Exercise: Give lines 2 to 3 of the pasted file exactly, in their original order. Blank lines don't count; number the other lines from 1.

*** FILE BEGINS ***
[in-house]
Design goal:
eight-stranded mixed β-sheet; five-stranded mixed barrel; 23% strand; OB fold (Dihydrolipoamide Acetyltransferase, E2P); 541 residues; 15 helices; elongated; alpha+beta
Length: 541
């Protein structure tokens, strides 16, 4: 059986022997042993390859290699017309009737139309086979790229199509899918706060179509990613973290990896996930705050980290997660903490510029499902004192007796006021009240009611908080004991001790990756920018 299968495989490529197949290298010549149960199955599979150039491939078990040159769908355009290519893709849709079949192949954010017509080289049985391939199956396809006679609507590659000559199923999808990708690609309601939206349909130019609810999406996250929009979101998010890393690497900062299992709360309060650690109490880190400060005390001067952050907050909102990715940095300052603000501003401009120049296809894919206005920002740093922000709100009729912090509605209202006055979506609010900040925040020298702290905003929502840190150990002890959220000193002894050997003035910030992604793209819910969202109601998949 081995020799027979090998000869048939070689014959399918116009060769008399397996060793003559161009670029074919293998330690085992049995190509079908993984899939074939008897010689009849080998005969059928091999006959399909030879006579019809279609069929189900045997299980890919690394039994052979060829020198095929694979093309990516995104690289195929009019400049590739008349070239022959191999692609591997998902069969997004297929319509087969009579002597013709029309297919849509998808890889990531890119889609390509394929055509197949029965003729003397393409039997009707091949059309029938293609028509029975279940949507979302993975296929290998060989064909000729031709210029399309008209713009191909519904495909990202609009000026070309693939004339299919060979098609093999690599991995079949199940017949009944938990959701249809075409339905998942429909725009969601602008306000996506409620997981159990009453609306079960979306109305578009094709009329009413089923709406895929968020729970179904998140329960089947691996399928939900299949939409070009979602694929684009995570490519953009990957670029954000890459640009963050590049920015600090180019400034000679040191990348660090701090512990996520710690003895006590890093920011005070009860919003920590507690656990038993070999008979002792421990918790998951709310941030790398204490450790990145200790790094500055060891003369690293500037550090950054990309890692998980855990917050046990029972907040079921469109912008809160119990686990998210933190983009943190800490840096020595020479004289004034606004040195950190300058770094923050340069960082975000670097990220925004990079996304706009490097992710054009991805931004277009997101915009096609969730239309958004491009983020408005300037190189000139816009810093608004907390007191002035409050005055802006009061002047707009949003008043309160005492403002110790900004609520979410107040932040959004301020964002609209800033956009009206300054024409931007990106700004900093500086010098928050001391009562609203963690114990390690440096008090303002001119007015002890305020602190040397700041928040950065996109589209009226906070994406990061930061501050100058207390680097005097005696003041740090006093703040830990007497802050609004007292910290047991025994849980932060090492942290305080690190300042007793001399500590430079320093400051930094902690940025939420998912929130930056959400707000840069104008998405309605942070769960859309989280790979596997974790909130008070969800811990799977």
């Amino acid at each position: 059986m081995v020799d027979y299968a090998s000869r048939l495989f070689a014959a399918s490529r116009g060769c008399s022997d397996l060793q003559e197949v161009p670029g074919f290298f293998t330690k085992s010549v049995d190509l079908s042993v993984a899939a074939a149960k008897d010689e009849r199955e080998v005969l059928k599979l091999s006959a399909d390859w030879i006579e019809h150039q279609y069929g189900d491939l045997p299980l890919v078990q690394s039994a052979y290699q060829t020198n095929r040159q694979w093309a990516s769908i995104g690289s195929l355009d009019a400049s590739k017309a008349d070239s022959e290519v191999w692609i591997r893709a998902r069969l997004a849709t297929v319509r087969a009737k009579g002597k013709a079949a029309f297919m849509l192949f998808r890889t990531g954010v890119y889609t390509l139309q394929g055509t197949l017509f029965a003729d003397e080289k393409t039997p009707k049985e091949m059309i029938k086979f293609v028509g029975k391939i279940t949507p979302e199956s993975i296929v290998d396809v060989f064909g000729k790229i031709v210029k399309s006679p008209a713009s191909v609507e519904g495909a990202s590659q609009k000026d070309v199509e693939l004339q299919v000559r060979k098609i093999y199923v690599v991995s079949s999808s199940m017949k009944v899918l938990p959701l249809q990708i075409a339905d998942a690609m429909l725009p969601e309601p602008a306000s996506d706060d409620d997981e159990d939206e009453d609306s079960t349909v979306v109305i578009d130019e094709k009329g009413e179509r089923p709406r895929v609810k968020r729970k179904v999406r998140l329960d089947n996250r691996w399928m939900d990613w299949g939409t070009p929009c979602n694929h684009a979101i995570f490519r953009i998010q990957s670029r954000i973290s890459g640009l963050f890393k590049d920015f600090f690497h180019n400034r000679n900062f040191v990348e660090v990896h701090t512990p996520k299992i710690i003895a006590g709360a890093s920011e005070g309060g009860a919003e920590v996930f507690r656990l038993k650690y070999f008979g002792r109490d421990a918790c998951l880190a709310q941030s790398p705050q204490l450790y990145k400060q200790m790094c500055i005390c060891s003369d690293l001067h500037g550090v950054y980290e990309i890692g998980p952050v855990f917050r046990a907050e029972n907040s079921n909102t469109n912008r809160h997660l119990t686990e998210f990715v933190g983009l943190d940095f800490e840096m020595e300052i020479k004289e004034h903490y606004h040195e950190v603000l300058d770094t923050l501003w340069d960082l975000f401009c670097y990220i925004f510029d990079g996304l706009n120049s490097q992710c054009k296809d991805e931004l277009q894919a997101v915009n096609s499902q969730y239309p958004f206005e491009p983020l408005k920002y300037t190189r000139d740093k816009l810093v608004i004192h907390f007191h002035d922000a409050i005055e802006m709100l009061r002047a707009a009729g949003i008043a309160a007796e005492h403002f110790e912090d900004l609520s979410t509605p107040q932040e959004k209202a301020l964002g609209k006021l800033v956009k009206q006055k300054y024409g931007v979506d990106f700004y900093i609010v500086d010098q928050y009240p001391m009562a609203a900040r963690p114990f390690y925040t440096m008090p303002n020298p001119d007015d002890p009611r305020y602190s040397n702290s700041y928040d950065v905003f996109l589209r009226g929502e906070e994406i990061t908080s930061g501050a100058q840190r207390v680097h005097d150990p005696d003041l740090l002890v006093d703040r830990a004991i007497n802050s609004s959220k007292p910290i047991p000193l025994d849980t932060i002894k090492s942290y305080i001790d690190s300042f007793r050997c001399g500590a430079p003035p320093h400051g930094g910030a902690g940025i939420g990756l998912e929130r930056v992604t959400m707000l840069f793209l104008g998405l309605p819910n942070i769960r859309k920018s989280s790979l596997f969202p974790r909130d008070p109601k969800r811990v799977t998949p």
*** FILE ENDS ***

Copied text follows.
Design goal:
eight-stranded mixed β-sheet; five-stranded mixed barrel; 23% strand; OB fold (Dihydrolipoamide Acetyltransferase, E2P); 541 residues; 15 helices; elongated; alpha+beta